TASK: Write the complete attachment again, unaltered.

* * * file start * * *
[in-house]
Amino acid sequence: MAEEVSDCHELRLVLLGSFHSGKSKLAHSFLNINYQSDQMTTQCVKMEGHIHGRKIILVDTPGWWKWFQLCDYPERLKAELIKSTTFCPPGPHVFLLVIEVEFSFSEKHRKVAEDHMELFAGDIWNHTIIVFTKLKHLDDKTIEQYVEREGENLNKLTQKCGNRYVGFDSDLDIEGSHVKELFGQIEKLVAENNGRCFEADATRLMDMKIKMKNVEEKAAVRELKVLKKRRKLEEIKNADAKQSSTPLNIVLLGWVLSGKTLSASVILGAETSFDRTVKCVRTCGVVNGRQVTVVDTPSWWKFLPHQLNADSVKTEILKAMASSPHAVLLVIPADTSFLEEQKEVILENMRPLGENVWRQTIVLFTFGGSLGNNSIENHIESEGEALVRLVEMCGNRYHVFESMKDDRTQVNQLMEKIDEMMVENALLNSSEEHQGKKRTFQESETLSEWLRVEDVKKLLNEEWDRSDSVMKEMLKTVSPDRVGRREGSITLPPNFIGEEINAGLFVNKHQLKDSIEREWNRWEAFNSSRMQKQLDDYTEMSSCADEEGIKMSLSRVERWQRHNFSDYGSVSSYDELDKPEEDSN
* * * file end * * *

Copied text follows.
[in-house]
Amino acid sequence: MAEEVSDCHELRLVLLGSFHSGKSKLAHSFLNINYQSDQMTTQCVKMEGHIHGRKIILVDTPGWWKWFQLCDYPERLKAELIKSTTFCPPGPHVFLLVIEVEFSFSEKHRKVAEDHMELFAGDIWNHTIIVFTKLKHLDDKTIEQYVEREGENLNKLTQKCGNRYVGFDSDLDIEGSHVKELFGQIEKLVAENNGRCFEADATRLMDMKIKMKNVEEKAAVRELKVLKKRRKLEEIKNADAKQSSTPLNIVLLGWVLSGKTLSASVILGAETSFDRTVKCVRTCGVVNGRQVTVVDTPSWWKFLPHQLNADSVKTEILKAMASSPHAVLLVIPADTSFLEEQKEVILENMRPLGENVWRQTIVLFTFGGSLGNNSIENHIESEGEALVRLVEMCGNRYHVFESMKDDRTQVNQLMEKIDEMMVENALLNSSEEHQGKKRTFQESETLSEWLRVEDVKKLLNEEWDRSDSVMKEMLKTVSPDRVGRREGSITLPPNFIGEEINAGLFVNKHQLKDSIEREWNRWEAFNSSRMQKQLDDYTEMSSCADEEGIKMSLSRVERWQRHNFSDYGSVSSYDELDKPEEDSN